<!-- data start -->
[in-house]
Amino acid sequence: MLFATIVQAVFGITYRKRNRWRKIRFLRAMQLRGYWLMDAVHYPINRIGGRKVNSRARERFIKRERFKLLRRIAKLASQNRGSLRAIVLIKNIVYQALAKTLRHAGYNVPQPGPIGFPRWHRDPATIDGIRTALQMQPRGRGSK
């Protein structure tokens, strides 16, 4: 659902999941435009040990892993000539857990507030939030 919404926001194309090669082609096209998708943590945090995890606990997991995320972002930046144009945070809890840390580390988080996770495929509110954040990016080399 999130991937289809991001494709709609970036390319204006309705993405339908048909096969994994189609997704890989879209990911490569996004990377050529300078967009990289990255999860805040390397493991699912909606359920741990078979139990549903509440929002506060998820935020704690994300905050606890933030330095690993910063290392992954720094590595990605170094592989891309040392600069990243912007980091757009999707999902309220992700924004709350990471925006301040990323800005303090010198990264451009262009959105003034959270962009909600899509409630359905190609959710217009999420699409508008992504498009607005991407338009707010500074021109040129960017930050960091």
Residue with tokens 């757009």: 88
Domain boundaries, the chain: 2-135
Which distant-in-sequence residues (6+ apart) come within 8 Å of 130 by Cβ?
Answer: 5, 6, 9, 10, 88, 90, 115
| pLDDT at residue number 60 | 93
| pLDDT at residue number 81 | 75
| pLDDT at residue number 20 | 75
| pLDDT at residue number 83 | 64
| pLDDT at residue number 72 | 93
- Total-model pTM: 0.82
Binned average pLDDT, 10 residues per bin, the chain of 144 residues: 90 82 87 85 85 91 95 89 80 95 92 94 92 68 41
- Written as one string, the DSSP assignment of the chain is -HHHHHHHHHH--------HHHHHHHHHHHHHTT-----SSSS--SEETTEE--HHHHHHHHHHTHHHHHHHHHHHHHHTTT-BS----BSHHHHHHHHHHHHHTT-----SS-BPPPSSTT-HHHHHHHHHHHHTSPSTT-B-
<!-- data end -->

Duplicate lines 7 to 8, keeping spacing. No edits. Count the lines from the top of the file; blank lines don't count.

Answer: 5, 6, 9, 10, 88, 90, 115
| pLDDT at residue number 60 | 93